But how is that going to be transparent? The AEMC has come up with the concept, but there has been no elaboration on how a third party, in a trusted way, can curtail load on behalf of a customer, and bid it into the market.
Retailers have also given a lukewarm response to the proposed change because the move will impact on their profitability.
What has the response to the negawatts proposal been like?
BlueScope Steel has gone on record, saying that they had been calling for the draft rule changes for a number of years which would take the pressure off the electricity grid and lower prices.
“The rule change provides opportunities for large energy users like Bluescope to more actively manage their electricity costs; cutting back use where it makes sense and selling that electricity back into the wholesale market,” the spokesman told the Australian Financial Review.
“This will have benefits for all consumers by reducing peak demand and taking the pressure off the grid.” Energy Users Association of Australia Chief Executive Andrew Richards has also said the measure should result in cheaper wholesale electricity prices.
“Just as the grid is changing from a small number of large generators to a large number of smaller generators, so too will the demand-response rule change enable a large number of businesses to become more flexible in their operations,” he said.
“This will collectively have enormous benefits by reducing wholesale prices, creating better outcomes for consumers.”
Australian Competition and Consumer Commission chairman Rod Sims said the proposed change was “profound” and would definitely benefit consumers through lower power prices.
Major Energy Users spokesman David Headberry said the demand response draft ruling, which had been a decade in the making, would allow more participants in the wholesale demand response process.
“A number of our members have been active in providing AEMO with Reliability and Emergency Reserve Trader (RERT) services as they see this as an important element of making the electricity market more secure,” he said.
The RERT is essentially a form of demand response where businesses sign up to a programme where they can curtail their energy use at times of crisis and be paid for it.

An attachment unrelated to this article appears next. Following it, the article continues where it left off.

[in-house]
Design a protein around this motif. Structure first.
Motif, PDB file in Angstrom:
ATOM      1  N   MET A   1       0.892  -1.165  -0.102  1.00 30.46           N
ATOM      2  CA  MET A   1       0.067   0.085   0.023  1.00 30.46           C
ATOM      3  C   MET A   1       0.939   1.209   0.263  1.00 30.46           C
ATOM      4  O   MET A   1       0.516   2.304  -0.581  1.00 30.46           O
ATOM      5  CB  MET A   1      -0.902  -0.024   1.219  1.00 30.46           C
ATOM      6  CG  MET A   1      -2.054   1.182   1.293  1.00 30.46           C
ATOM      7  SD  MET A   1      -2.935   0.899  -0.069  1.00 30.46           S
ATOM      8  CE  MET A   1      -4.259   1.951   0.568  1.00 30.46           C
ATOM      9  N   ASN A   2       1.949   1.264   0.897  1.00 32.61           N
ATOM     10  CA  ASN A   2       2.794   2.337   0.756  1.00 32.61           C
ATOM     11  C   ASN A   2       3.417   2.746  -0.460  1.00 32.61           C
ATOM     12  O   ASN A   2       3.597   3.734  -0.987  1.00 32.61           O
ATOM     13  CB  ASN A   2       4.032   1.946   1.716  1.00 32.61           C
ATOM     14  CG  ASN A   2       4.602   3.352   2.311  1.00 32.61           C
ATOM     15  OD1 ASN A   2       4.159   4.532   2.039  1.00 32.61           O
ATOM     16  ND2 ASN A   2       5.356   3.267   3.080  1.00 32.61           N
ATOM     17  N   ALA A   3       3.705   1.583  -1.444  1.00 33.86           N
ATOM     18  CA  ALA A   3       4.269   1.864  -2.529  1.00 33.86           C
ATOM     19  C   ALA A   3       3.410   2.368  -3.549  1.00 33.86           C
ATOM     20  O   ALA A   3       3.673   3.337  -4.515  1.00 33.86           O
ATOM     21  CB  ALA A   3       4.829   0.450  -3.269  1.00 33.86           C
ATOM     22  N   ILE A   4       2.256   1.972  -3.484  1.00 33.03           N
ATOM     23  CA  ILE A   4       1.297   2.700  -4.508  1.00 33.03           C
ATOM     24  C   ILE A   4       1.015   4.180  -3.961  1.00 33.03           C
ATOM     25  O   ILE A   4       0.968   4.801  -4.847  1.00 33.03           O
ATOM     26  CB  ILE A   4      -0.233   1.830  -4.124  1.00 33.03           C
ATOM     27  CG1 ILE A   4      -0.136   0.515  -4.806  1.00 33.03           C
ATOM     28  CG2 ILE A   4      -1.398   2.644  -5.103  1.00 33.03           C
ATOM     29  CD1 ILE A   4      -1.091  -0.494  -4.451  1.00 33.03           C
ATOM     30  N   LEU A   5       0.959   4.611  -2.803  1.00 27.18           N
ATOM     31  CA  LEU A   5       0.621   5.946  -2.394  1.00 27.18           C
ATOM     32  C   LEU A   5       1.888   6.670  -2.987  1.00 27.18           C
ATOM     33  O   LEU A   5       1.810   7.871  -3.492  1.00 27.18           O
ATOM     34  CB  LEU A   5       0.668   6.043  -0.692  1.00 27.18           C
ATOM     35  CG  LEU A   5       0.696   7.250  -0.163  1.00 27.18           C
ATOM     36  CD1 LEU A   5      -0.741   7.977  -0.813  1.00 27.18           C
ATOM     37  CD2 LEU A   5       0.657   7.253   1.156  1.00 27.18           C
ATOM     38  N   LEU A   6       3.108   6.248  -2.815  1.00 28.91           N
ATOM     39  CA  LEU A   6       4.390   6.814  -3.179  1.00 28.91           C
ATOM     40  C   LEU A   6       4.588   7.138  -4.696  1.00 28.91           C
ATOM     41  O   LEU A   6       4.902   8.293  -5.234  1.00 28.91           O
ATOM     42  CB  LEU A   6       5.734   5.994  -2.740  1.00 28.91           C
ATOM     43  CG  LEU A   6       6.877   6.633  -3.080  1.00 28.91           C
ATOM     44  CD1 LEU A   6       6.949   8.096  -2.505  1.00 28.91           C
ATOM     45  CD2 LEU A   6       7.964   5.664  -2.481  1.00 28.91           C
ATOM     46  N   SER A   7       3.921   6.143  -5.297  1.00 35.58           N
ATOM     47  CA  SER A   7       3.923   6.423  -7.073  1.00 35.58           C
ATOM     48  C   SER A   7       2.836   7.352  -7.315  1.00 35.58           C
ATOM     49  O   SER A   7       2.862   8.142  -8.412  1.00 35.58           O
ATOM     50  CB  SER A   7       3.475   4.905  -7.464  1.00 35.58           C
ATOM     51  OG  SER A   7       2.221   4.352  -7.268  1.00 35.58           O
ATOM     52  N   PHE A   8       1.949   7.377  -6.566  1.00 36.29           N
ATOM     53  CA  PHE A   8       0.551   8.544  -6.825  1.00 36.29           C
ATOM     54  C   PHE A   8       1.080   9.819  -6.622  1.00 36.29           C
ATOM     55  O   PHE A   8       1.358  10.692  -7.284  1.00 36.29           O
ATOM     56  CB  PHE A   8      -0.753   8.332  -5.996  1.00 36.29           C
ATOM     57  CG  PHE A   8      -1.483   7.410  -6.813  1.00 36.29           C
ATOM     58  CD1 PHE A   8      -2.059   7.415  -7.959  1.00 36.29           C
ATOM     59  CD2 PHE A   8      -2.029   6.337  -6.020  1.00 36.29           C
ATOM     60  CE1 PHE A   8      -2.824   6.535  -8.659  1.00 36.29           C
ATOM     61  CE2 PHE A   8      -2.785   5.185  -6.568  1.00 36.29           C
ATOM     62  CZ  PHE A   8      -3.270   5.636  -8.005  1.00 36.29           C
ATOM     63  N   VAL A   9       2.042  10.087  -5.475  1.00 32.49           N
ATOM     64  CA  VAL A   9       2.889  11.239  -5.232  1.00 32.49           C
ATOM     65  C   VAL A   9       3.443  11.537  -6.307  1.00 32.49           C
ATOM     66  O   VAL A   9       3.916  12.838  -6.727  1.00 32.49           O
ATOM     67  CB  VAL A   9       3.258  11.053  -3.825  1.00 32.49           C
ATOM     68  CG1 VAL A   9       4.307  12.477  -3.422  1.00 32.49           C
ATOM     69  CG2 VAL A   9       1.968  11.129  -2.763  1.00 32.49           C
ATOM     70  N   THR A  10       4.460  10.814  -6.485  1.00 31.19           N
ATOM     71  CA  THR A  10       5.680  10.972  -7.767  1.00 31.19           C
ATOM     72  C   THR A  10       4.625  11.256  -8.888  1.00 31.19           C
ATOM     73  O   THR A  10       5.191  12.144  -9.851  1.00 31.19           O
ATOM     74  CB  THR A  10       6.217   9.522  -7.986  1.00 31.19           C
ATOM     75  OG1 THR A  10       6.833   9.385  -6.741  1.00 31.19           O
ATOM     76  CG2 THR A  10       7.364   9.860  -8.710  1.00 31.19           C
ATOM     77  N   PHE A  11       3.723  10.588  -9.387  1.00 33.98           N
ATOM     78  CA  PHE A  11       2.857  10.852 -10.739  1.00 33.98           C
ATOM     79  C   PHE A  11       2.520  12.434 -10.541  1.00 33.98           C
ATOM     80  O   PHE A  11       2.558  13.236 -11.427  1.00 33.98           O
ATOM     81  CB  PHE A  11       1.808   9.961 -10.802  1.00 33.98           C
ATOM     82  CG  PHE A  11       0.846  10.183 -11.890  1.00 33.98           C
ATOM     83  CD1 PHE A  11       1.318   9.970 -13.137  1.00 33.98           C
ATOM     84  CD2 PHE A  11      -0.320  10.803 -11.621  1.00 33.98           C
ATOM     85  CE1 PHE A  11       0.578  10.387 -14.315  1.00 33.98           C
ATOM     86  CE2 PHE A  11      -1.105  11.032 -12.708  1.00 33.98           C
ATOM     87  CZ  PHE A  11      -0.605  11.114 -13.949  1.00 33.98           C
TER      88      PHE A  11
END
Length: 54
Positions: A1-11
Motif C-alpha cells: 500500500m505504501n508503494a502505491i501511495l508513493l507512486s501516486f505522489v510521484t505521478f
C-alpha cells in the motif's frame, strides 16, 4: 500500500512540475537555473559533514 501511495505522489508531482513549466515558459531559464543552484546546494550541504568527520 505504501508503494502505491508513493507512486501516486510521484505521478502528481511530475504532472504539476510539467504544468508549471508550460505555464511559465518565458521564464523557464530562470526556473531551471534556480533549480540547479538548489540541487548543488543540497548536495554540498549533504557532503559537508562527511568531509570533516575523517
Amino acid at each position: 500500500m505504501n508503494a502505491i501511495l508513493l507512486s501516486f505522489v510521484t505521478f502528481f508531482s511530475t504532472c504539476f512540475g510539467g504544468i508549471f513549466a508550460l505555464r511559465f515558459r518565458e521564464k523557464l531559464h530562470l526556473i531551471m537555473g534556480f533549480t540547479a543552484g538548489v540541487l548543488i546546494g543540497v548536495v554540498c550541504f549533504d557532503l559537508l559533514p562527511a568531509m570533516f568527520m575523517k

“Many MEU members are also active in the electricity market, where they take spot-price exposure and reduce their demand when prices are high. They see the new draft rule is an important extension to what they are already doing to make the electricity market more two-sided,” said Mr Headberry.
The Public Interest Advocacy Centre, one of the groups that lobbied the AEMC for the rule change, said the demand response rule would work better if it were introduced sooner than 2022 and included households. Craig Memery from PIAC said: “With the Liddell power station closing that year and summer peak energy demand continuing to grow, energy users can’t wait that long.”
“We think the new demand response market can, and should, have a staged introduction starting in 2020-21. We understand their concerns, but the problems are minor and solvable and the potential benefits of household demand response are high.”
31 August 2018
AEMC received a rule change request from the Public Interest Advocacy Centre (PIAC), Total Environment Centre (TEC) and the Australia Institute (TAI) seeking to introduce a mechanism for wholesale demand response in the national electricity market.
18 October 2018
The Australian Energy Council (AEC) submitted a rule change request seeking to introduce a register for wholesale demand response.
21 October 2018
The South Australian Government submitted a rule change request seeking to introduce a mechanism for wholesale demand response. It also proposed to introduce a separate, transitory market for wholesale demand response.
15 November 2018
The AEMC published a consultation paper covering all three rule change requests
18 July 2019
Draft rule change published by AEMC
Proposed introduction period for new wholesale negawatt mechanism